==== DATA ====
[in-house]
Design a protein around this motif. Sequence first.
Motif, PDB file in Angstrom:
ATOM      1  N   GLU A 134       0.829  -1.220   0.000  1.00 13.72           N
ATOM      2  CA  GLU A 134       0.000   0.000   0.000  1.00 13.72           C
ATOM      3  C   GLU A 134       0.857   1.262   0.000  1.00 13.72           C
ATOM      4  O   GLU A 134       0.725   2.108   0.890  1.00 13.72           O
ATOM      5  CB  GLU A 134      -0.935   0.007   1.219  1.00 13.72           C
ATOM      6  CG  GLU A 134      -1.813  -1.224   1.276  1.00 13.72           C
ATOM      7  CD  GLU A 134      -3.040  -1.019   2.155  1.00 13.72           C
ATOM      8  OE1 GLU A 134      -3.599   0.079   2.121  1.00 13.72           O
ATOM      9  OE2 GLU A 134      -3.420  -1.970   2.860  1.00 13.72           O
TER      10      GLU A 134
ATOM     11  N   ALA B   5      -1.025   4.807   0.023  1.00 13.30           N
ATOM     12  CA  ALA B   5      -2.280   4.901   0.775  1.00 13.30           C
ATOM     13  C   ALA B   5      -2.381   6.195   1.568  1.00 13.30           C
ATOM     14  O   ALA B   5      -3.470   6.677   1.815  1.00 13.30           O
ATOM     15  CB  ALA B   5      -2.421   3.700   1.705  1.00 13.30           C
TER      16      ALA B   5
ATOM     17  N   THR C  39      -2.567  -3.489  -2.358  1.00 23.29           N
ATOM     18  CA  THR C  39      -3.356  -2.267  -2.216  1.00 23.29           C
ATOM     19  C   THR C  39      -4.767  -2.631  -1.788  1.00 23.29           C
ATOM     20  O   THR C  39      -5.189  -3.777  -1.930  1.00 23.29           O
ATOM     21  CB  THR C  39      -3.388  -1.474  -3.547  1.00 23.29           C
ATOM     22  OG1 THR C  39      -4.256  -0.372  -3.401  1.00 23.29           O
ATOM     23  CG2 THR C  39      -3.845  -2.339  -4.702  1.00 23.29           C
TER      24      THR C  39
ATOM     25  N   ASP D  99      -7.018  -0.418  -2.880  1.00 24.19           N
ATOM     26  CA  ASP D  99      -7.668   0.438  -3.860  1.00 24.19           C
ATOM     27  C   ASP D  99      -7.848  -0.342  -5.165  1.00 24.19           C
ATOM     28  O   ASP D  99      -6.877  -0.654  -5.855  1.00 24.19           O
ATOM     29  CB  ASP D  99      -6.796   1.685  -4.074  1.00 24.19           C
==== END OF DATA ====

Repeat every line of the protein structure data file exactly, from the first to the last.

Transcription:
[in-house]
Design a protein around this motif. Sequence first.
Motif, PDB file in Angstrom:
ATOM      1  N   GLU A 134       0.829  -1.220   0.000  1.00 13.72           N
ATOM      2  CA  GLU A 134       0.000   0.000   0.000  1.00 13.72           C
ATOM      3  C   GLU A 134       0.857   1.262   0.000  1.00 13.72           C
ATOM      4  O   GLU A 134       0.725   2.108   0.890  1.00 13.72           O
ATOM      5  CB  GLU A 134      -0.935   0.007   1.219  1.00 13.72           C
ATOM      6  CG  GLU A 134      -1.813  -1.224   1.276  1.00 13.72           C
ATOM      7  CD  GLU A 134      -3.040  -1.019   2.155  1.00 13.72           C
ATOM      8  OE1 GLU A 134      -3.599   0.079   2.121  1.00 13.72           O
ATOM      9  OE2 GLU A 134      -3.420  -1.970   2.860  1.00 13.72           O
TER      10      GLU A 134
ATOM     11  N   ALA B   5      -1.025   4.807   0.023  1.00 13.30           N
ATOM     12  CA  ALA B   5      -2.280   4.901   0.775  1.00 13.30           C
ATOM     13  C   ALA B   5      -2.381   6.195   1.568  1.00 13.30           C
ATOM     14  O   ALA B   5      -3.470   6.677   1.815  1.00 13.30           O
ATOM     15  CB  ALA B   5      -2.421   3.700   1.705  1.00 13.30           C
TER      16      ALA B   5
ATOM     17  N   THR C  39      -2.567  -3.489  -2.358  1.00 23.29           N
ATOM     18  CA  THR C  39      -3.356  -2.267  -2.216  1.00 23.29           C
ATOM     19  C   THR C  39      -4.767  -2.631  -1.788  1.00 23.29           C
ATOM     20  O   THR C  39      -5.189  -3.777  -1.930  1.00 23.29           O
ATOM     21  CB  THR C  39      -3.388  -1.474  -3.547  1.00 23.29           C
ATOM     22  OG1 THR C  39      -4.256  -0.372  -3.401  1.00 23.29           O
ATOM     23  CG2 THR C  39      -3.845  -2.339  -4.702  1.00 23.29           C
TER      24      THR C  39
ATOM     25  N   ASP D  99      -7.018  -0.418  -2.880  1.00 24.19           N
ATOM     26  CA  ASP D  99      -7.668   0.438  -3.860  1.00 24.19           C
ATOM     27  C   ASP D  99      -7.848  -0.342  -5.165  1.00 24.19           C
ATOM     28  O   ASP D  99      -6.877  -0.654  -5.855  1.00 24.19           O
ATOM     29  CB  ASP D  99      -6.796   1.685  -4.074  1.00 24.19           C